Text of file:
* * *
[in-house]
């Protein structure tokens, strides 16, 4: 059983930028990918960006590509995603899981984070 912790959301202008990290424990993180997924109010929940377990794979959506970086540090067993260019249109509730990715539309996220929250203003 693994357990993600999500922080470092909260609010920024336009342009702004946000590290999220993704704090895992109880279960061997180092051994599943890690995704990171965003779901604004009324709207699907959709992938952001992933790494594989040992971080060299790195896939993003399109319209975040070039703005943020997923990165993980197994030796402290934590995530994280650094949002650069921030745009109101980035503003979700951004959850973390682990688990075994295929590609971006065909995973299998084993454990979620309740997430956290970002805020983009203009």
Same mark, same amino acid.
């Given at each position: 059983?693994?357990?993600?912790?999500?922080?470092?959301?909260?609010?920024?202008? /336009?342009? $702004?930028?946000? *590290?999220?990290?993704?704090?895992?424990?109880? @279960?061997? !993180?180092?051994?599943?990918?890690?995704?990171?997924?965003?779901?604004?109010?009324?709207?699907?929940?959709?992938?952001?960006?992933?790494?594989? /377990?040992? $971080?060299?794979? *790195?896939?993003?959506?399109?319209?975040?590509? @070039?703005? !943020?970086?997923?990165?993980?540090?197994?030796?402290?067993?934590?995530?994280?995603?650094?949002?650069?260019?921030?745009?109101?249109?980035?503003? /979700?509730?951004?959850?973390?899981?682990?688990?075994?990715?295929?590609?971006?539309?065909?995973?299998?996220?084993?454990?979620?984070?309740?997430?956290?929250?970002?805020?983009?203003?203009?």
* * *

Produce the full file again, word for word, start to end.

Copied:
[in-house]
């Protein structure tokens, strides 16, 4: 059983930028990918960006590509995603899981984070 912790959301202008990290424990993180997924109010929940377990794979959506970086540090067993260019249109509730990715539309996220929250203003 693994357990993600999500922080470092909260609010920024336009342009702004946000590290999220993704704090895992109880279960061997180092051994599943890690995704990171965003779901604004009324709207699907959709992938952001992933790494594989040992971080060299790195896939993003399109319209975040070039703005943020997923990165993980197994030796402290934590995530994280650094949002650069921030745009109101980035503003979700951004959850973390682990688990075994295929590609971006065909995973299998084993454990979620309740997430956290970002805020983009203009």
Same mark, same amino acid.
């Given at each position: 059983?693994?357990?993600?912790?999500?922080?470092?959301?909260?609010?920024?202008? /336009?342009? $702004?930028?946000? *590290?999220?990290?993704?704090?895992?424990?109880? @279960?061997? !993180?180092?051994?599943?990918?890690?995704?990171?997924?965003?779901?604004?109010?009324?709207?699907?929940?959709?992938?952001?960006?992933?790494?594989? /377990?040992? $971080?060299?794979? *790195?896939?993003?959506?399109?319209?975040?590509? @070039?703005? !943020?970086?997923?990165?993980?540090?197994?030796?402290?067993?934590?995530?994280?995603?650094?949002?650069?260019?921030?745009?109101?249109?980035?503003? /979700?509730?951004?959850?973390?899981?682990?688990?075994?990715?295929?590609?971006?539309?065909?995973?299998?996220?084993?454990?979620?984070?309740?997430?956290?929250?970002?805020?983009?203003?203009?």